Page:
With competing XR headset projects anticipated from Apple and Sony in the coming years, Zuckerberg is either farsighted in his focus or committed to a product in a walled-garden innovation death spiral.
We, as creators, need to do what we do best — keep on imagining and building. Instead of being discouraged by the slow, plodding steps that Meta is showing us, recognize that a whole lot of infrastructure is being built and tested through these painful public experiments. It’s going to be ugly before it becomes great.
The creator community outside of Meta is already investing in an alternate vision: an “Alphaverse” platform was recently proposed to connect a multiverse of third-party worlds, not just worlds built in-house. At a glance, this proposition is already much better aligned with Web3’s decentralized tenets and would enable individual creators to foster communities outside the walled garden of a corporate sponsor.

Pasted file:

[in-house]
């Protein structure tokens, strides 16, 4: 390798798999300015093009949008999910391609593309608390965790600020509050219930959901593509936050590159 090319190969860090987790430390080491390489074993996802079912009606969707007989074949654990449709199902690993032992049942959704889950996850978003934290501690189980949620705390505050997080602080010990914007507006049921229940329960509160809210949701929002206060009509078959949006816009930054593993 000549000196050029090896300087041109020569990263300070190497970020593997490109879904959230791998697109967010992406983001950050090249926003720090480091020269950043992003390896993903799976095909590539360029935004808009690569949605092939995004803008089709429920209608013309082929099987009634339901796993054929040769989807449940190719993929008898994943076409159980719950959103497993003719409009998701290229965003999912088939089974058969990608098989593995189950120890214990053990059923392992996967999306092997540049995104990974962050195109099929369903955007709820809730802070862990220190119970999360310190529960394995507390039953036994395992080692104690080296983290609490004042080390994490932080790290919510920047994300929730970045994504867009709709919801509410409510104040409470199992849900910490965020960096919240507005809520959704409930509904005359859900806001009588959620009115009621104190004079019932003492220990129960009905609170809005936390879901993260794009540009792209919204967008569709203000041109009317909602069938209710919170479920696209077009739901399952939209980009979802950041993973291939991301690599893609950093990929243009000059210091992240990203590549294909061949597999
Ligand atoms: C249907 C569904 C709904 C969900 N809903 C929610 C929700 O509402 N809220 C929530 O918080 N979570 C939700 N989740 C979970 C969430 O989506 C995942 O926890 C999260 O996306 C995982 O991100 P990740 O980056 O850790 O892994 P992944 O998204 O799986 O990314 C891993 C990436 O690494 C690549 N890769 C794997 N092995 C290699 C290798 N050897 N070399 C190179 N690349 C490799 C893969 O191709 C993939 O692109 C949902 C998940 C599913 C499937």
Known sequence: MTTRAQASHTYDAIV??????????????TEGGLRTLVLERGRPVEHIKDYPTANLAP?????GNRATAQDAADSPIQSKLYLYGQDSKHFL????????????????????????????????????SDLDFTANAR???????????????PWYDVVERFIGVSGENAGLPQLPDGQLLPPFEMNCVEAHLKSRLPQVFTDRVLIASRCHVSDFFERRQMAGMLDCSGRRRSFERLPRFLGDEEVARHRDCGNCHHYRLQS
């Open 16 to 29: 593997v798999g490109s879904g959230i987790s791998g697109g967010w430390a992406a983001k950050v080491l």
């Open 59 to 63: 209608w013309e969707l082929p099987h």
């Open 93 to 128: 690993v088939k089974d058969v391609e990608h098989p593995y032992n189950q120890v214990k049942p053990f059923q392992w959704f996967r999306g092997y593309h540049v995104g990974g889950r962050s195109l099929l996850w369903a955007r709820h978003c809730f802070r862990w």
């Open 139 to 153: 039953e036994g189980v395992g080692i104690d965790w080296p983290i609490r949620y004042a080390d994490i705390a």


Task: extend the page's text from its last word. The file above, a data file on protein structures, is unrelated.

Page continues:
Whether Meta’s Horizon Worlds stands the test of time remains to be seen, but even if it goes down like Google+, it’ll still be a study of technology, design, and user experience that will be carried forward through all the people who are working on it now.
How brands can succeed in the metaverse & beyond
Meta is not the end-all, be-all for the metaverse. Not by a long shot.
If you create for a brand, for a movement, or simply for a future that you’d like to live in, the message is this: the metaverse isn’t solely Meta’s to own — it lies in the connective tissue between experiences that you or I can create. There are already alternate metaverses out there, and every digital experience you can imagine could be one. It’s only a matter of time before they’re interoperable, knit together into a community of immersive worlds you might browse, like browsing the internet or social media today.
So keep dreaming big. It’s only by pushing boundaries that we understand where they are.